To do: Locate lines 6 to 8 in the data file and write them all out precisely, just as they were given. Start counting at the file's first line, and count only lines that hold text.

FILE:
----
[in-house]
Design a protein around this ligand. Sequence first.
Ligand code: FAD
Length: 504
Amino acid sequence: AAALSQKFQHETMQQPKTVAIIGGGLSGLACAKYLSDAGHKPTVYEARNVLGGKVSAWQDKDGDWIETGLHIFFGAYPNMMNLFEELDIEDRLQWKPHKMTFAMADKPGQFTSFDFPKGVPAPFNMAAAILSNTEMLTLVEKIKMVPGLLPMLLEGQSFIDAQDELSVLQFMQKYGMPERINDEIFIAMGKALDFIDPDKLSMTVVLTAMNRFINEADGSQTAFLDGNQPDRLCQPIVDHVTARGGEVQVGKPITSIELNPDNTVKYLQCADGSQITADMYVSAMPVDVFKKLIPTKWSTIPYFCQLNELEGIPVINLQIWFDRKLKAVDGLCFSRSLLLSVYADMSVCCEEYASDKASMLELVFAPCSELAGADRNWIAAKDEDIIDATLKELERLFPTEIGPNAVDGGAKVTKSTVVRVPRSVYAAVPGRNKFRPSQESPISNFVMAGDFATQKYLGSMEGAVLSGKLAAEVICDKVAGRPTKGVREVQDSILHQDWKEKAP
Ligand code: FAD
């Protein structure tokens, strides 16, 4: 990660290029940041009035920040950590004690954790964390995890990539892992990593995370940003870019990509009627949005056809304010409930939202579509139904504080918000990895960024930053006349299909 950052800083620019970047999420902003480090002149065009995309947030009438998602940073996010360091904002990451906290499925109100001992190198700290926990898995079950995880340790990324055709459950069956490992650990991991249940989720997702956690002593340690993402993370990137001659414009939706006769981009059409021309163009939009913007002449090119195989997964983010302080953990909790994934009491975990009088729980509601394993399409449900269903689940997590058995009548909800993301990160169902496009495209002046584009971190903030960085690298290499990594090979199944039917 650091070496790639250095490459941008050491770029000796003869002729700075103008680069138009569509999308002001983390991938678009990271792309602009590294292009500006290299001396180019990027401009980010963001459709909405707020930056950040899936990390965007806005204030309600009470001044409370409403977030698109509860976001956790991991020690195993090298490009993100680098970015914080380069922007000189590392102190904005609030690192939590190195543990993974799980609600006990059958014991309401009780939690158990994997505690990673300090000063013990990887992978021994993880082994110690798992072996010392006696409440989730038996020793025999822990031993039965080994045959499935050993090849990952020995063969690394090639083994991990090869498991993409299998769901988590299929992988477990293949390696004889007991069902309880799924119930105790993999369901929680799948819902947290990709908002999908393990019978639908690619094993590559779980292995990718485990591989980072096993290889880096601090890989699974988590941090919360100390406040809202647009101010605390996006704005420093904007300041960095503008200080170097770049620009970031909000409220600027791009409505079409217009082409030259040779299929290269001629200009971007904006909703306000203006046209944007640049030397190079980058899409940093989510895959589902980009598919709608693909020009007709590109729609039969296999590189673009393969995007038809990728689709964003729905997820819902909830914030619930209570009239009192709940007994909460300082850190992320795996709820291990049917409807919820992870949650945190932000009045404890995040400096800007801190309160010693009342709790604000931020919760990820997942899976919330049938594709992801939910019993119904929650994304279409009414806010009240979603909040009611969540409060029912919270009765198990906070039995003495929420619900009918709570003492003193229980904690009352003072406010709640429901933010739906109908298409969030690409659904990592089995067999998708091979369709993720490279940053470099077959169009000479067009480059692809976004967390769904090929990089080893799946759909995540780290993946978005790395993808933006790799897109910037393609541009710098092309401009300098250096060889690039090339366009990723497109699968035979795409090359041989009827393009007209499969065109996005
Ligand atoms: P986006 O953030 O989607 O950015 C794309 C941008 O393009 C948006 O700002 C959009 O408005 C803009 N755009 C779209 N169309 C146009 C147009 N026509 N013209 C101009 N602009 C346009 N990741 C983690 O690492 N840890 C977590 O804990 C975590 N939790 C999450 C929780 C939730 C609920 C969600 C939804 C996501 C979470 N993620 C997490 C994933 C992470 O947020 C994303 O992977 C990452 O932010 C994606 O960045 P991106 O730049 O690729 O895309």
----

Ligand code: FAD
């Protein structure tokens, strides 16, 4: 990660290029940041009035920040950590004690954790964390995890990539892992990593995370940003870019990509009627949005056809304010409930939202579509139904504080918000990895960024930053006349299909 950052800083620019970047999420902003480090002149065009995309947030009438998602940073996010360091904002990451906290499925109100001992190198700290926990898995079950995880340790990324055709459950069956490992650990991991249940989720997702956690002593340690993402993370990137001659414009939706006769981009059409021309163009939009913007002449090119195989997964983010302080953990909790994934009491975990009088729980509601394993399409449900269903689940997590058995009548909800993301990160169902496009495209002046584009971190903030960085690298290499990594090979199944039917 650091070496790639250095490459941008050491770029000796003869002729700075103008680069138009569509999308002001983390991938678009990271792309602009590294292009500006290299001396180019990027401009980010963001459709909405707020930056950040899936990390965007806005204030309600009470001044409370409403977030698109509860976001956790991991020690195993090298490009993100680098970015914080380069922007000189590392102190904005609030690192939590190195543990993974799980609600006990059958014991309401009780939690158990994997505690990673300090000063013990990887992978021994993880082994110690798992072996010392006696409440989730038996020793025999822990031993039965080994045959499935050993090849990952020995063969690394090639083994991990090869498991993409299998769901988590299929992988477990293949390696004889007991069902309880799924119930105790993999369901929680799948819902947290990709908002999908393990019978639908690619094993590559779980292995990718485990591989980072096993290889880096601090890989699974988590941090919360100390406040809202647009101010605390996006704005420093904007300041960095503008200080170097770049620009970031909000409220600027791009409505079409217009082409030259040779299929290269001629200009971007904006909703306000203006046209944007640049030397190079980058899409940093989510895959589902980009598919709608693909020009007709590109729609039969296999590189673009393969995007038809990728689709964003729905997820819902909830914030619930209570009239009192709940007994909460300082850190992320795996709820291990049917409807919820992870949650945190932000009045404890995040400096800007801190309160010693009342709790604000931020919760990820997942899976919330049938594709992801939910019993119904929650994304279409009414806010009240979603909040009611969540409060029912919270009765198990906070039995003495929420619900009918709570003492003193229980904690009352003072406010709640429901933010739906109908298409969030690409659904990592089995067999998708091979369709993720490279940053470099077959169009000479067009480059692809976004967390769904090929990089080893799946759909995540780290993946978005790395993808933006790799897109910037393609541009710098092309401009300098250096060889690039090339366009990723497109699968035979795409090359041989009827393009007209499969065109996005
Ligand atoms: P986006 O953030 O989607 O950015 C794309 C941008 O393009 C948006 O700002 C959009 O408005 C803009 N755009 C779209 N169309 C146009 C147009 N026509 N013209 C101009 N602009 C346009 N990741 C983690 O690492 N840890 C977590 O804990 C975590 N939790 C999450 C929780 C939730 C609920 C969600 C939804 C996501 C979470 N993620 C997490 C994933 C992470 O947020 C994303 O992977 C990452 O932010 C994606 O960045 P991106 O730049 O690729 O895309």